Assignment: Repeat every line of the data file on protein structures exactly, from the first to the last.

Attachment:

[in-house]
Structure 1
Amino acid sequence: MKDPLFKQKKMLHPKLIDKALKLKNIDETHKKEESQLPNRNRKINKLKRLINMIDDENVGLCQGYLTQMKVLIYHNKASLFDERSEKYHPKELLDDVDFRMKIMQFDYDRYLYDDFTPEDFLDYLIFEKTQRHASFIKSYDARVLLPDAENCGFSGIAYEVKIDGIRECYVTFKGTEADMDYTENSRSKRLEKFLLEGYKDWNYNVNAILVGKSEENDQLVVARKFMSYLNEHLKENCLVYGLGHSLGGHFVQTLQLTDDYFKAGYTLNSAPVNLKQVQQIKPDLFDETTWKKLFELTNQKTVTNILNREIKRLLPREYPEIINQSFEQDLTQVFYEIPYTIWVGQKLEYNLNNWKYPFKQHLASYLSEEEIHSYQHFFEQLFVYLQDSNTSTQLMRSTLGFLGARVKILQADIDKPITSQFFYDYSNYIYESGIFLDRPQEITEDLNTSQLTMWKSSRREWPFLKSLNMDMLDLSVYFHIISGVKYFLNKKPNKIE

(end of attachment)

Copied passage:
[in-house]
Structure 1
Amino acid sequence: MKDPLFKQKKMLHPKLIDKALKLKNIDETHKKEESQLPNRNRKINKLKRLINMIDDENVGLCQGYLTQMKVLIYHNKASLFDERSEKYHPKELLDDVDFRMKIMQFDYDRYLYDDFTPEDFLDYLIFEKTQRHASFIKSYDARVLLPDAENCGFSGIAYEVKIDGIRECYVTFKGTEADMDYTENSRSKRLEKFLLEGYKDWNYNVNAILVGKSEENDQLVVARKFMSYLNEHLKENCLVYGLGHSLGGHFVQTLQLTDDYFKAGYTLNSAPVNLKQVQQIKPDLFDETTWKKLFELTNQKTVTNILNREIKRLLPREYPEIINQSFEQDLTQVFYEIPYTIWVGQKLEYNLNNWKYPFKQHLASYLSEEEIHSYQHFFEQLFVYLQDSNTSTQLMRSTLGFLGARVKILQADIDKPITSQFFYDYSNYIYESGIFLDRPQEITEDLNTSQLTMWKSSRREWPFLKSLNMDMLDLSVYFHIISGVKYFLNKKPNKIE